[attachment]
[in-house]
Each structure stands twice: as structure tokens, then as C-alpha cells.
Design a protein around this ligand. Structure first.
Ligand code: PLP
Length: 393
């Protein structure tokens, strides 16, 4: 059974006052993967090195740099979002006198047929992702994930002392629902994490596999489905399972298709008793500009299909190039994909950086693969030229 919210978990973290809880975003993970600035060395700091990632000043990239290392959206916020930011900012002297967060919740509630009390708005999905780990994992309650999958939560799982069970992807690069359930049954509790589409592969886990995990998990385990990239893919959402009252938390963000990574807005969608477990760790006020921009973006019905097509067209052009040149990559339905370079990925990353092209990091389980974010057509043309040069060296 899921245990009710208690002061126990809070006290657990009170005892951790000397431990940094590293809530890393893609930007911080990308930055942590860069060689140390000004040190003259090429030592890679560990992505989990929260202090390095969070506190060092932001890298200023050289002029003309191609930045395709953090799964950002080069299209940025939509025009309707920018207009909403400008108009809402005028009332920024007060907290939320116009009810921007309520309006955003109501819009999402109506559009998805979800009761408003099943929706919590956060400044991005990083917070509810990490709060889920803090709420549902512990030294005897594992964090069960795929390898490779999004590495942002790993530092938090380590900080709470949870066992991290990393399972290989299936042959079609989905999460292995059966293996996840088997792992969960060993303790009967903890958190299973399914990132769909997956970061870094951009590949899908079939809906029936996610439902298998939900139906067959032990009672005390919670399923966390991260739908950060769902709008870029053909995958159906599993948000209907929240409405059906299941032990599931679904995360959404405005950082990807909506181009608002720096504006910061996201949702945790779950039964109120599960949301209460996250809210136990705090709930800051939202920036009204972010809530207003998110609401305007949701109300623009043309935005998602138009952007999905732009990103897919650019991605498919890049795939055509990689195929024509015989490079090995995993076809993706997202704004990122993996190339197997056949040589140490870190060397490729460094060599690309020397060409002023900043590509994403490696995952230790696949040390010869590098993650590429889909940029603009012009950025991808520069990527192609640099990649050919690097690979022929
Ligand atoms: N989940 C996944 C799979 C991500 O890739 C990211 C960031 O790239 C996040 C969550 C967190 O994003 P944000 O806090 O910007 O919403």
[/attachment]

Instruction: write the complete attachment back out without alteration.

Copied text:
[in-house]
Each structure stands twice: as structure tokens, then as C-alpha cells.
Design a protein around this ligand. Structure first.
Ligand code: PLP
Length: 393
């Protein structure tokens, strides 16, 4: 059974006052993967090195740099979002006198047929992702994930002392629902994490596999489905399972298709008793500009299909190039994909950086693969030229 919210978990973290809880975003993970600035060395700091990632000043990239290392959206916020930011900012002297967060919740509630009390708005999905780990994992309650999958939560799982069970992807690069359930049954509790589409592969886990995990998990385990990239893919959402009252938390963000990574807005969608477990760790006020921009973006019905097509067209052009040149990559339905370079990925990353092209990091389980974010057509043309040069060296 899921245990009710208690002061126990809070006290657990009170005892951790000397431990940094590293809530890393893609930007911080990308930055942590860069060689140390000004040190003259090429030592890679560990992505989990929260202090390095969070506190060092932001890298200023050289002029003309191609930045395709953090799964950002080069299209940025939509025009309707920018207009909403400008108009809402005028009332920024007060907290939320116009009810921007309520309006955003109501819009999402109506559009998805979800009761408003099943929706919590956060400044991005990083917070509810990490709060889920803090709420549902512990030294005897594992964090069960795929390898490779999004590495942002790993530092938090380590900080709470949870066992991290990393399972290989299936042959079609989905999460292995059966293996996840088997792992969960060993303790009967903890958190299973399914990132769909997956970061870094951009590949899908079939809906029936996610439902298998939900139906067959032990009672005390919670399923966390991260739908950060769902709008870029053909995958159906599993948000209907929240409405059906299941032990599931679904995360959404405005950082990807909506181009608002720096504006910061996201949702945790779950039964109120599960949301209460996250809210136990705090709930800051939202920036009204972010809530207003998110609401305007949701109300623009043309935005998602138009952007999905732009990103897919650019991605498919890049795939055509990689195929024509015989490079090995995993076809993706997202704004990122993996190339197997056949040589140490870190060397490729460094060599690309020397060409002023900043590509994403490696995952230790696949040390010869590098993650590429889909940029603009012009950025991808520069990527192609640099990649050919690097690979022929
Ligand atoms: N989940 C996944 C799979 C991500 O890739 C990211 C960031 O790239 C996040 C969550 C967190 O994003 P944000 O806090 O910007 O919403």